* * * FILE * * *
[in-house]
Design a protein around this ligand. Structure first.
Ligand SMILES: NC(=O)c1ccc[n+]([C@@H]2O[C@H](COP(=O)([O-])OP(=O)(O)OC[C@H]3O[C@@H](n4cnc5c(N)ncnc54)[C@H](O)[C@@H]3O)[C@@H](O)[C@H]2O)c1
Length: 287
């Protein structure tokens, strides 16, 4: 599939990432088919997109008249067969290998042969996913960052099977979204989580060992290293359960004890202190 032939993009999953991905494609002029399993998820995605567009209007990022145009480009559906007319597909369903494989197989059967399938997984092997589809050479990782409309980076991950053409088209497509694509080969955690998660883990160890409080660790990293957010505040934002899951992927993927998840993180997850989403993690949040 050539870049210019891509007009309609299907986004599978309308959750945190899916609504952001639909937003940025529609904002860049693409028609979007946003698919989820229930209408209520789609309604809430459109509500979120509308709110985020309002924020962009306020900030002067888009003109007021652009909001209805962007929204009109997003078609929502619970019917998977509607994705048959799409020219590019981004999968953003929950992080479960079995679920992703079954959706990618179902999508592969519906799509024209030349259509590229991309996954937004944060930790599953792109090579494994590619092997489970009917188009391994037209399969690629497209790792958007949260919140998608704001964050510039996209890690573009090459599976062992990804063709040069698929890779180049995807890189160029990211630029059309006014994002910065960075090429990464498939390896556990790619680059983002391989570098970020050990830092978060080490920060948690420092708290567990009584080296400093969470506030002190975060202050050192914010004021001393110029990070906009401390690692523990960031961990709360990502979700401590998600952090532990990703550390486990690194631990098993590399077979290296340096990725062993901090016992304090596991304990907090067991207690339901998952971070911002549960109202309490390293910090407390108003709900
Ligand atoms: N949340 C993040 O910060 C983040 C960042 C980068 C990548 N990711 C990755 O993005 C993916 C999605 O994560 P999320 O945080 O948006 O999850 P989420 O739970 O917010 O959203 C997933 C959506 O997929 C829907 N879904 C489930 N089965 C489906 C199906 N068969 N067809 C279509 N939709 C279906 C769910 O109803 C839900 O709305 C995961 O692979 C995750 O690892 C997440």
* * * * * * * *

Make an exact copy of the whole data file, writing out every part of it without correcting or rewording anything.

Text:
[in-house]
Design a protein around this ligand. Structure first.
Ligand SMILES: NC(=O)c1ccc[n+]([C@@H]2O[C@H](COP(=O)([O-])OP(=O)(O)OC[C@H]3O[C@@H](n4cnc5c(N)ncnc54)[C@H](O)[C@@H]3O)[C@@H](O)[C@H]2O)c1
Length: 287
């Protein structure tokens, strides 16, 4: 599939990432088919997109008249067969290998042969996913960052099977979204989580060992290293359960004890202190 032939993009999953991905494609002029399993998820995605567009209007990022145009480009559906007319597909369903494989197989059967399938997984092997589809050479990782409309980076991950053409088209497509694509080969955690998660883990160890409080660790990293957010505040934002899951992927993927998840993180997850989403993690949040 050539870049210019891509007009309609299907986004599978309308959750945190899916609504952001639909937003940025529609904002860049693409028609979007946003698919989820229930209408209520789609309604809430459109509500979120509308709110985020309002924020962009306020900030002067888009003109007021652009909001209805962007929204009109997003078609929502619970019917998977509607994705048959799409020219590019981004999968953003929950992080479960079995679920992703079954959706990618179902999508592969519906799509024209030349259509590229991309996954937004944060930790599953792109090579494994590619092997489970009917188009391994037209399969690629497209790792958007949260919140998608704001964050510039996209890690573009090459599976062992990804063709040069698929890779180049995807890189160029990211630029059309006014994002910065960075090429990464498939390896556990790619680059983002391989570098970020050990830092978060080490920060948690420092708290567990009584080296400093969470506030002190975060202050050192914010004021001393110029990070906009401390690692523990960031961990709360990502979700401590998600952090532990990703550390486990690194631990098993590399077979290296340096990725062993901090016992304090596991304990907090067991207690339901998952971070911002549960109202309490390293910090407390108003709900
Ligand atoms: N949340 C993040 O910060 C983040 C960042 C980068 C990548 N990711 C990755 O993005 C993916 C999605 O994560 P999320 O945080 O948006 O999850 P989420 O739970 O917010 O959203 C997933 C959506 O997929 C829907 N879904 C489930 N089965 C489906 C199906 N068969 N067809 C279509 N939709 C279906 C769910 O109803 C839900 O709305 C995961 O692979 C995750 O690892 C997440």